HMS Queen Elizabeth to Replace Sister Ship in Exercises Off U.S. Coast

HMS Queen Elizabeth to Replace Sister Ship in Exercises Off U.S. Coast
The Royal Navy’s flagship, HMS Queen Elizabeth pictured before returning to the Portsmouth in the UK on Dec. 9, 2021. (Andrew Matthews/PA)
Chris Summers
HMS Queen Elizabeth is heading across the Atlantic Ocean to replace her sister ship, HMS Prince of Wales, in joint manouevres with the U.S. Navy, U.S. Marines, and the Royal Canadian Navy.

The Prince of Wales had been due to take part in the Westlant 22 exercises but suffered a “mechanical failure,” which turned out to be a broken starboard propeller shaft, after it left its home port of Portsmouth late last month.

The £3 billion aircraft carrier now faces several months of repairs in dry dock at Rosyth in Scotland.

The crew of the HMS Queen Elizabeth were told last week they would be redeployed because their sister ship was out of action.

The giant carrier, accompanied by the frigate HMS Richmond, will stop in Halifax, Nova Scotia, before taking part in flight trials with F-35B Lightning jets. It is also due to visit the Caribbean.

Carrier to Host Conference in New York

But the Royal Navy has confirmed the Atlantic Future Forum—an Anglo-American defence conference—will be hosted on board the carrier, in New York, at the end of the month.

HMS Queen Elizabeth will then cross the Atlantic again to take part in NATO exercises in the Baltic, the Mediterranean, and possibly the sensitive Black Sea region.

A Royal Navy spokesman said: “The operations are part of galvanised NATO efforts in the face of Russia’s unprovoked invasion of Ukraine to safeguard security, stability, and prosperity across Europe.”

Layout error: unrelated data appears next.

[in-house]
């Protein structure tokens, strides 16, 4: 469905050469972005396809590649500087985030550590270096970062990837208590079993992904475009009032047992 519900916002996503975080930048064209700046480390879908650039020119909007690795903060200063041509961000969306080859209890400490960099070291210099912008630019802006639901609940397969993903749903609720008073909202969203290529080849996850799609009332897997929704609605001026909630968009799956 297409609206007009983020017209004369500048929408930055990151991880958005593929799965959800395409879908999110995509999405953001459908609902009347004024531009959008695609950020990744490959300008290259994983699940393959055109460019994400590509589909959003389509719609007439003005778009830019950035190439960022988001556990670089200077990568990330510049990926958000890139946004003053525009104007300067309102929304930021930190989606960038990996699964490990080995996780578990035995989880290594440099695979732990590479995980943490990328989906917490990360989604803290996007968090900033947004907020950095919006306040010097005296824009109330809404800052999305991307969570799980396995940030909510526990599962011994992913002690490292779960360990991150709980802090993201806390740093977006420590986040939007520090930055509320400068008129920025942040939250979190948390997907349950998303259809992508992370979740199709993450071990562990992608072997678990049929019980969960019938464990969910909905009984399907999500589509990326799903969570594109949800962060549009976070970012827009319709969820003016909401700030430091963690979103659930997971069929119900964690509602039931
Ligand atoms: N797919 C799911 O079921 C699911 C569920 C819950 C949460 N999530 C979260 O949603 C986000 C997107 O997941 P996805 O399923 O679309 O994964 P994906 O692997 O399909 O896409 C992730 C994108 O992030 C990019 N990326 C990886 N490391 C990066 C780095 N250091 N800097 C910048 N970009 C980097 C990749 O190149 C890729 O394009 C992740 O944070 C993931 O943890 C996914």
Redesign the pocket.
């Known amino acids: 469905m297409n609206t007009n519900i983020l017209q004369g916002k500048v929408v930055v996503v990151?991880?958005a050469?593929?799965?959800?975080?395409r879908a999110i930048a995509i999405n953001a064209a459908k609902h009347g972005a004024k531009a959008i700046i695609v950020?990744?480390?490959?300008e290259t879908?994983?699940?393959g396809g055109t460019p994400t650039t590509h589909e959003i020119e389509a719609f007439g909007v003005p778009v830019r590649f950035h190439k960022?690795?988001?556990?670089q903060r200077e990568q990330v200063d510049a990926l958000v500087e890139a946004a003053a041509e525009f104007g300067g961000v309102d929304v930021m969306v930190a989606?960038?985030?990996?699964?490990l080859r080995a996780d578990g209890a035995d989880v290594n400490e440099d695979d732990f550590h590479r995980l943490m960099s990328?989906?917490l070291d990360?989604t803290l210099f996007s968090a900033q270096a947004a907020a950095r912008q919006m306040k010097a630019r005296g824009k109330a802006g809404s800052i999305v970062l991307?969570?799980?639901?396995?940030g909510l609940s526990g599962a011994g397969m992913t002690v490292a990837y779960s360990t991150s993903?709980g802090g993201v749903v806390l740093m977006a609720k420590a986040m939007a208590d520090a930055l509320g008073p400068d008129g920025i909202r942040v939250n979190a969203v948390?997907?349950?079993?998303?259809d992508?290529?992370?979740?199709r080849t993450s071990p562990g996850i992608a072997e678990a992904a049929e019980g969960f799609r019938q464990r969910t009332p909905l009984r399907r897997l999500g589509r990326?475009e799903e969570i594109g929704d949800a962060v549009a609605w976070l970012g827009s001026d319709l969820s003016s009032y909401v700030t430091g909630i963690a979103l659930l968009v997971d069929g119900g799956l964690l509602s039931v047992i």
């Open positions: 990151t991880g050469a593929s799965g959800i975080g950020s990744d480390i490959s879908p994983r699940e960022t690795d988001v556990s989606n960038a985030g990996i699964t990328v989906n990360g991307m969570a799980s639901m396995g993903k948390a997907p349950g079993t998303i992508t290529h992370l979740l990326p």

HMS Prince of Wales spent less than 90 days at sea in its first two years after being plagued by leaks, which flooded the engine room and damaged electrical systems.

Rear Admiral Steve Moorhouse said: “Royal Navy divers have inspected the starboard shaft of the ship and the adjacent areas and they have confirmed there is significant damage to the shaft on the propeller and some superficial damage to the rudder but no damage to the rest of the ship.”

“Our initial assessment has shown that coupling that joins the final two sections of the shaft has failed. Now, this is an extremely unusual fault and we continue to pursue all repair options,” he said.

The Royal Navy had no aircraft carriers, for the first time since 1918, between 2014 and 2017.

HMS Ark Royal was decommissioned in 2011 and HMS Illustrious followed in 2014, three years before HMS Queen Elizabeth came into service.

Chris Summers is a UK-based journalist covering a wide range of national stories, with a particular interest in crime, policing and the law.
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